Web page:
JERUSALEM (JTA) -- The first and oldest ancient artifact providing tangible evidence of the existence of the city of Bethlehem was discovered during archaeological excavations in Jerusalem.
A clay seal, called a bulla, was discovered in soil near the walls of the Old City of Jerusalem inside the City of David archaeological park. The bulla, measuring about 1.5 cm, included three lines of ancient Hebrew words including the words Beit Lechem, which is Bethlehem.
"This is the first time the name Bethlehem appears outside the Bible, in an inscription from the First Temple period, which proves that Bethlehem was indeed a city in the Kingdom of Judah, and possibly also in earlier periods,” according to Eli Shukron, director of the excavation on behalf of the Israel Antiquities Authority.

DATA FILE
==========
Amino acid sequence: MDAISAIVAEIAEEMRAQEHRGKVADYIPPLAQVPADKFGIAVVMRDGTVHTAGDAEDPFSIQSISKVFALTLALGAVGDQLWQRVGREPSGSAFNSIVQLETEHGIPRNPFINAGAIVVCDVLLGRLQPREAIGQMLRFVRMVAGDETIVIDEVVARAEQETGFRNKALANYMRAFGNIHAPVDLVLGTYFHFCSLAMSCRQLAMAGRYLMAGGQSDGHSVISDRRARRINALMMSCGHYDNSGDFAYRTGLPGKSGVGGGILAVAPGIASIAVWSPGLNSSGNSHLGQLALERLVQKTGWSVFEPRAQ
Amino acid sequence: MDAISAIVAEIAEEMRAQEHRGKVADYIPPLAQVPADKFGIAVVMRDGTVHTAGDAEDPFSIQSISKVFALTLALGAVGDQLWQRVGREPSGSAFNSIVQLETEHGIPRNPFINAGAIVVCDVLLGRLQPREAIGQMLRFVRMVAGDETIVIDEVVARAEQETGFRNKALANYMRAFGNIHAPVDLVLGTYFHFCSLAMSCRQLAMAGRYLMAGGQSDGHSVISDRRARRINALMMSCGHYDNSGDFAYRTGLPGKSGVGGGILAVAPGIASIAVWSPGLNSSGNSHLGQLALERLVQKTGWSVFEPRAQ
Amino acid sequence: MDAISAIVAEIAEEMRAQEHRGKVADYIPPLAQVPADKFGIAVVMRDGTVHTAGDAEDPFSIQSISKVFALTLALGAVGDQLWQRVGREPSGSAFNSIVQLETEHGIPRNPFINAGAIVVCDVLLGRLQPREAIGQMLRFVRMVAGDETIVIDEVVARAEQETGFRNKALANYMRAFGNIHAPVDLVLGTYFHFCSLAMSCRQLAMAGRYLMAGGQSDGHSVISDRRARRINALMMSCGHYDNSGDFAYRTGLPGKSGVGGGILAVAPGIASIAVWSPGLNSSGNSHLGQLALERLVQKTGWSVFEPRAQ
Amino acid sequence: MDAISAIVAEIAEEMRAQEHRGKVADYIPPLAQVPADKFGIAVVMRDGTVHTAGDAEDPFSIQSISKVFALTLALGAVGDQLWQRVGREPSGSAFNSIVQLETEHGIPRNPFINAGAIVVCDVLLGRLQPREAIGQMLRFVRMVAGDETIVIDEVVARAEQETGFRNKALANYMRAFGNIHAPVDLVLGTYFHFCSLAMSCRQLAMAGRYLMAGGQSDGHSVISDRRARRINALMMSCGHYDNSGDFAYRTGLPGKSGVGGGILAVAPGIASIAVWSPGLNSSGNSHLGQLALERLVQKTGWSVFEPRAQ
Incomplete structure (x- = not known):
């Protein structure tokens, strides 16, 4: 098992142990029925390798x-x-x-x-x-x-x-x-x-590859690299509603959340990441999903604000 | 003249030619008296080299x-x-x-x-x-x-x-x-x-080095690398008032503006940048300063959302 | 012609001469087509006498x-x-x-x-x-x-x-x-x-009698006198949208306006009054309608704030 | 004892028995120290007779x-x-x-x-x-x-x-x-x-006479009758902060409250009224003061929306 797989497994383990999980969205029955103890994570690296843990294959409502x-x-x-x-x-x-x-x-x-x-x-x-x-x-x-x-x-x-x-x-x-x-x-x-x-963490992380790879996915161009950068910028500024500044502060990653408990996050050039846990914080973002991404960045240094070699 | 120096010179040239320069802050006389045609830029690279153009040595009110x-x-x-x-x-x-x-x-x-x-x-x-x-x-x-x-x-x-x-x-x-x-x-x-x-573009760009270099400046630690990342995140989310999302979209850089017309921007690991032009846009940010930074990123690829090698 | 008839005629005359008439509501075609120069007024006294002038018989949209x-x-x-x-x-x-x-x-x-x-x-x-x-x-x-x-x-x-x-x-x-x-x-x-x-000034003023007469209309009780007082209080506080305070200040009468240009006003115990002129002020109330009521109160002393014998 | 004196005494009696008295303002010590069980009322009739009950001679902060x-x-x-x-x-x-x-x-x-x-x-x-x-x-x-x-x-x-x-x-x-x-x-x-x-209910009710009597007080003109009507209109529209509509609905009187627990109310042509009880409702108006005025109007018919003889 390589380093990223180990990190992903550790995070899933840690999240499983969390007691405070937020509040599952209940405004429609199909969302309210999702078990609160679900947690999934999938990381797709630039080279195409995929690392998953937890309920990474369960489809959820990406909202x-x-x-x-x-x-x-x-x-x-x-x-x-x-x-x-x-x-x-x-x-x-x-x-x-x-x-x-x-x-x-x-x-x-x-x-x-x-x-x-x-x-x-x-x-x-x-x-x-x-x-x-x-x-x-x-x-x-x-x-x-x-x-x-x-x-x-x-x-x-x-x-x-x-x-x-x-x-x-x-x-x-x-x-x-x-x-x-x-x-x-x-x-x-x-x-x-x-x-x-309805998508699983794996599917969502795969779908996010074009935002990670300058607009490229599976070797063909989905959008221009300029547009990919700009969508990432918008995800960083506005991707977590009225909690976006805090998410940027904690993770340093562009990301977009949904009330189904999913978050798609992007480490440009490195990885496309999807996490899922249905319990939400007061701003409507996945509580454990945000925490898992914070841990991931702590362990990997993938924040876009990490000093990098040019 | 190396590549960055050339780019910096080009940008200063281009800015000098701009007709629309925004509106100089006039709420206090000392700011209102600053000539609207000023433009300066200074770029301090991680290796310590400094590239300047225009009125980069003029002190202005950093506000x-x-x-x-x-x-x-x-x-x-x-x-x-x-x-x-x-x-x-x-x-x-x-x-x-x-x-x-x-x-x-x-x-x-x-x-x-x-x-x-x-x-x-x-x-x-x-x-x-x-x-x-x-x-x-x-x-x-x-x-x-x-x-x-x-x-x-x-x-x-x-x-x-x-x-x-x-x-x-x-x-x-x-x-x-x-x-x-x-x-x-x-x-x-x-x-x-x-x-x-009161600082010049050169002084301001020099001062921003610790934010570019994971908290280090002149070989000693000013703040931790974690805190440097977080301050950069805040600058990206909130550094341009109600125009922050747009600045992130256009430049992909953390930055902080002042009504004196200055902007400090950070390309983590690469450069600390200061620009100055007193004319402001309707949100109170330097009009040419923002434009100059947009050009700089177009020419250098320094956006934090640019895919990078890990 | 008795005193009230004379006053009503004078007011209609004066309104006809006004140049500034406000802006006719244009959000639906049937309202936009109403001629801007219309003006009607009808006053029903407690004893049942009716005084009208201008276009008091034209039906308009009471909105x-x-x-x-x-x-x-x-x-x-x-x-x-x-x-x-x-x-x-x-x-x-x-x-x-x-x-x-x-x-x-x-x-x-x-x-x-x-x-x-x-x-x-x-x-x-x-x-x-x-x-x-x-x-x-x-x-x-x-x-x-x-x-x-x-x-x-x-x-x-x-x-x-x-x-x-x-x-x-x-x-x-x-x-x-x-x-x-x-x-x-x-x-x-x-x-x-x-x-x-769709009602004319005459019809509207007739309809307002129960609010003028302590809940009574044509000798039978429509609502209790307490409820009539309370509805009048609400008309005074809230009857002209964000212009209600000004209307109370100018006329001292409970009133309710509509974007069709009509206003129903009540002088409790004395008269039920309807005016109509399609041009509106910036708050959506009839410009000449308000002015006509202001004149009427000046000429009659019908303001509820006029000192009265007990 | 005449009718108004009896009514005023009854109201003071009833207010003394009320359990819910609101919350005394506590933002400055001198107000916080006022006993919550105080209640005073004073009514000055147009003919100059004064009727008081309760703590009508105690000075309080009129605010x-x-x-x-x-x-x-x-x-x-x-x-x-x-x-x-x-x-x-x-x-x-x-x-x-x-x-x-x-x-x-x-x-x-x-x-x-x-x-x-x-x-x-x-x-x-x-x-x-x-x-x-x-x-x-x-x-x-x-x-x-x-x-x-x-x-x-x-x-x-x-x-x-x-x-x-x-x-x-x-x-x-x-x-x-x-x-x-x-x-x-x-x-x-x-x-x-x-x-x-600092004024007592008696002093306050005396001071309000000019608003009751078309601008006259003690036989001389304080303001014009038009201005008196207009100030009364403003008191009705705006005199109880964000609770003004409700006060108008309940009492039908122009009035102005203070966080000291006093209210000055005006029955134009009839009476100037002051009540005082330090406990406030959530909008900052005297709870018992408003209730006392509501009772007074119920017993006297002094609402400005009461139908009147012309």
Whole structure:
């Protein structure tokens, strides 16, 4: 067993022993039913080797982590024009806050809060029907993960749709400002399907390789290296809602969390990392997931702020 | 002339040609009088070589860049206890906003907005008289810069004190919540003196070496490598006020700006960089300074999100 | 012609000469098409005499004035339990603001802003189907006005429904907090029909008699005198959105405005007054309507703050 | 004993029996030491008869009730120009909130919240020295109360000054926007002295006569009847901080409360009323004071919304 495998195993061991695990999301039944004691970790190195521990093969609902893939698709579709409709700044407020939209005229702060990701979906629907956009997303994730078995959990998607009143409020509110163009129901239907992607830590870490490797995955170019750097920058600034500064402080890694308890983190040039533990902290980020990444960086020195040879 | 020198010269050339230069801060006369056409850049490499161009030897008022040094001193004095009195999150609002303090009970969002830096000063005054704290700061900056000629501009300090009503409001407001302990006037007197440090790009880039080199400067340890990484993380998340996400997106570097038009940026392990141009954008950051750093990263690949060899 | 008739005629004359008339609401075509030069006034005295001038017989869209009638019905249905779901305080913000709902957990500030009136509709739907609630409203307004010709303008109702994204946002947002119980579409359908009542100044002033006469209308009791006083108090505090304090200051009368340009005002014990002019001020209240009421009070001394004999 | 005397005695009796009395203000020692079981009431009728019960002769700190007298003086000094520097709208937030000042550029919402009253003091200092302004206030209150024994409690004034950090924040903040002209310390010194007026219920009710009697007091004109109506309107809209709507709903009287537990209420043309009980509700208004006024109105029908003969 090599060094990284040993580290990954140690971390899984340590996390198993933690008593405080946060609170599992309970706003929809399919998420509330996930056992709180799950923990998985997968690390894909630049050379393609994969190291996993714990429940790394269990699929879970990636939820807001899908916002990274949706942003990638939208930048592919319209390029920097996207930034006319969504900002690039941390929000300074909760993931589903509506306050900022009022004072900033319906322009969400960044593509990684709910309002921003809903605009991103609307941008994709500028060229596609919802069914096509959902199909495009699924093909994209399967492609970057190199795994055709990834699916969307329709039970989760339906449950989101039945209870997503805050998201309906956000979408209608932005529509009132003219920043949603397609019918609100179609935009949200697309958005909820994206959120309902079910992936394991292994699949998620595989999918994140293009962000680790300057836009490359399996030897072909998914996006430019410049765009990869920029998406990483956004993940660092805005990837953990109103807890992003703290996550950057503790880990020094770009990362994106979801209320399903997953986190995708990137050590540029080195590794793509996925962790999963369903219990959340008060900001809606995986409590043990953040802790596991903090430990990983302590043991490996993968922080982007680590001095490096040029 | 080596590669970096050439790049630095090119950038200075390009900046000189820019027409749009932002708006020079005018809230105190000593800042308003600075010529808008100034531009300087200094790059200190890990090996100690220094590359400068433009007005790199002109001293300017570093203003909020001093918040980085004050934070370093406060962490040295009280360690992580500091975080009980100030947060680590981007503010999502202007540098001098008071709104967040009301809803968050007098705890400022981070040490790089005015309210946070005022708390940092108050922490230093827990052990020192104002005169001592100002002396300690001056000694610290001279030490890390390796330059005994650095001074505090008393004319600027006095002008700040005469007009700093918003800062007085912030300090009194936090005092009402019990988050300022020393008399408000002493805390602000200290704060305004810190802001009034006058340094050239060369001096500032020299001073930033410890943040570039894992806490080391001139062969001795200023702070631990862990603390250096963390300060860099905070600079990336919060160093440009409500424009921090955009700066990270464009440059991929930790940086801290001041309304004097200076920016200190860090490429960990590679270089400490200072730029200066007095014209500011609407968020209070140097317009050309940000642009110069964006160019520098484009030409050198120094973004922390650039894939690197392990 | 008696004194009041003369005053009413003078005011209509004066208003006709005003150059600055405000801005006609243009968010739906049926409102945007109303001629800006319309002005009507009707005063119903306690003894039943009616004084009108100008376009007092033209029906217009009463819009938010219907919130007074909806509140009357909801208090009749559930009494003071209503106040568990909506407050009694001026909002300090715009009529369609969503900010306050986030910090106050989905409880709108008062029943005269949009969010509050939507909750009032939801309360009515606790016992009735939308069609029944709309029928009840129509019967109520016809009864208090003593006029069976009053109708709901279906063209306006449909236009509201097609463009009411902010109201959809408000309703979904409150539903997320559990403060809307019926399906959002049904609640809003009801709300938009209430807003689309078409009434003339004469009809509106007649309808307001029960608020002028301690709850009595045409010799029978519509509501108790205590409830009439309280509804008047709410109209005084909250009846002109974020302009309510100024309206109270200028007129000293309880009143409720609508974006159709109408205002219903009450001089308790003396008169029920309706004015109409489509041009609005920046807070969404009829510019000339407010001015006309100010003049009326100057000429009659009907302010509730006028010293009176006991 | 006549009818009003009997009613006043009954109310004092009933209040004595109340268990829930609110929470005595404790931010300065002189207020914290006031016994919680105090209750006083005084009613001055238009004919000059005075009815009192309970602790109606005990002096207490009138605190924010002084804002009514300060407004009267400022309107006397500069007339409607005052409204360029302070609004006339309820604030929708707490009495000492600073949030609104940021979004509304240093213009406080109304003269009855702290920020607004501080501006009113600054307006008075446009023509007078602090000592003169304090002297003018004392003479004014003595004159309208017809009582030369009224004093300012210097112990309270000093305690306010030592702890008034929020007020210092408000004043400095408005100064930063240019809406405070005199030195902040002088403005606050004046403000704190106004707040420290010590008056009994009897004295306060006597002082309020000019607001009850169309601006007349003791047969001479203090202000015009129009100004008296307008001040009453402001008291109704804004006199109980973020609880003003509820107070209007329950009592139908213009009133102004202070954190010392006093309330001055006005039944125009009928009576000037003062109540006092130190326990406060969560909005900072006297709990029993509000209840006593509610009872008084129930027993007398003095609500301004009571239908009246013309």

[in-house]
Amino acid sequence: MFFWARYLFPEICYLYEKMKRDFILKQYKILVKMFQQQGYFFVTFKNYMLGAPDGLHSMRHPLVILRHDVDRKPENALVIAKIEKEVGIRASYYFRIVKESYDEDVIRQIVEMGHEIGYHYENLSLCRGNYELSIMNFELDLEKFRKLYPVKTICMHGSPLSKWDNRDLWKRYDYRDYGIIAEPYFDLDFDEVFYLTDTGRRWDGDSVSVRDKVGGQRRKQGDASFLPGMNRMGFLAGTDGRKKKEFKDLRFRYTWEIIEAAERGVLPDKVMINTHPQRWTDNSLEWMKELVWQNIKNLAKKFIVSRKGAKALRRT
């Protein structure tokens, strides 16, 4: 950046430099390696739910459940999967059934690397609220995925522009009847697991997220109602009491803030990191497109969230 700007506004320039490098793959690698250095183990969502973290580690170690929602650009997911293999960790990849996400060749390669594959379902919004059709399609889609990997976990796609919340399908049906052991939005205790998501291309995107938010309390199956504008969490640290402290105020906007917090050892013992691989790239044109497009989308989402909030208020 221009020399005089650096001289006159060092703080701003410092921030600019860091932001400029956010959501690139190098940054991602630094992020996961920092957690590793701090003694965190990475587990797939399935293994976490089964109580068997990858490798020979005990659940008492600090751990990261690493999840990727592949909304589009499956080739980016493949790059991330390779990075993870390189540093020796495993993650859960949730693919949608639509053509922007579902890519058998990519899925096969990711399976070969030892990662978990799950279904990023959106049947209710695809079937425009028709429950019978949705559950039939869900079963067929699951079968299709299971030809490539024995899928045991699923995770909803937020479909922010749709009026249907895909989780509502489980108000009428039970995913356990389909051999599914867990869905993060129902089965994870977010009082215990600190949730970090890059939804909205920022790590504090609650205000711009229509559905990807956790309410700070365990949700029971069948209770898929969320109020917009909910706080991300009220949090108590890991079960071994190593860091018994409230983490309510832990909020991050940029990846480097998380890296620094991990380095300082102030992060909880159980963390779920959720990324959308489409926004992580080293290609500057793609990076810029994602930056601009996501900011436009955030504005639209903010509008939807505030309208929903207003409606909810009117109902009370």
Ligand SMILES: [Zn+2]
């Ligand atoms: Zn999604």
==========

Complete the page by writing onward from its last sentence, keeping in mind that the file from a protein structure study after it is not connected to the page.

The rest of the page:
The bulla was likely affixed to a tax shipment of silver or agricultural produce sent from Bethlehem to the King of Judah in the eighth or seventh century B.C., according to Shukron.
Bethlehem is mentioned in the Bible as the place where the foremother Rachel was buried. It was also the site of King David's anointing.
Tuesday, May 29, 2012
Oldest evidence of Bethlehem's existence unearthed in Jerusalem
As reported by Jewish Telegraphic Agency, May 23, 2012: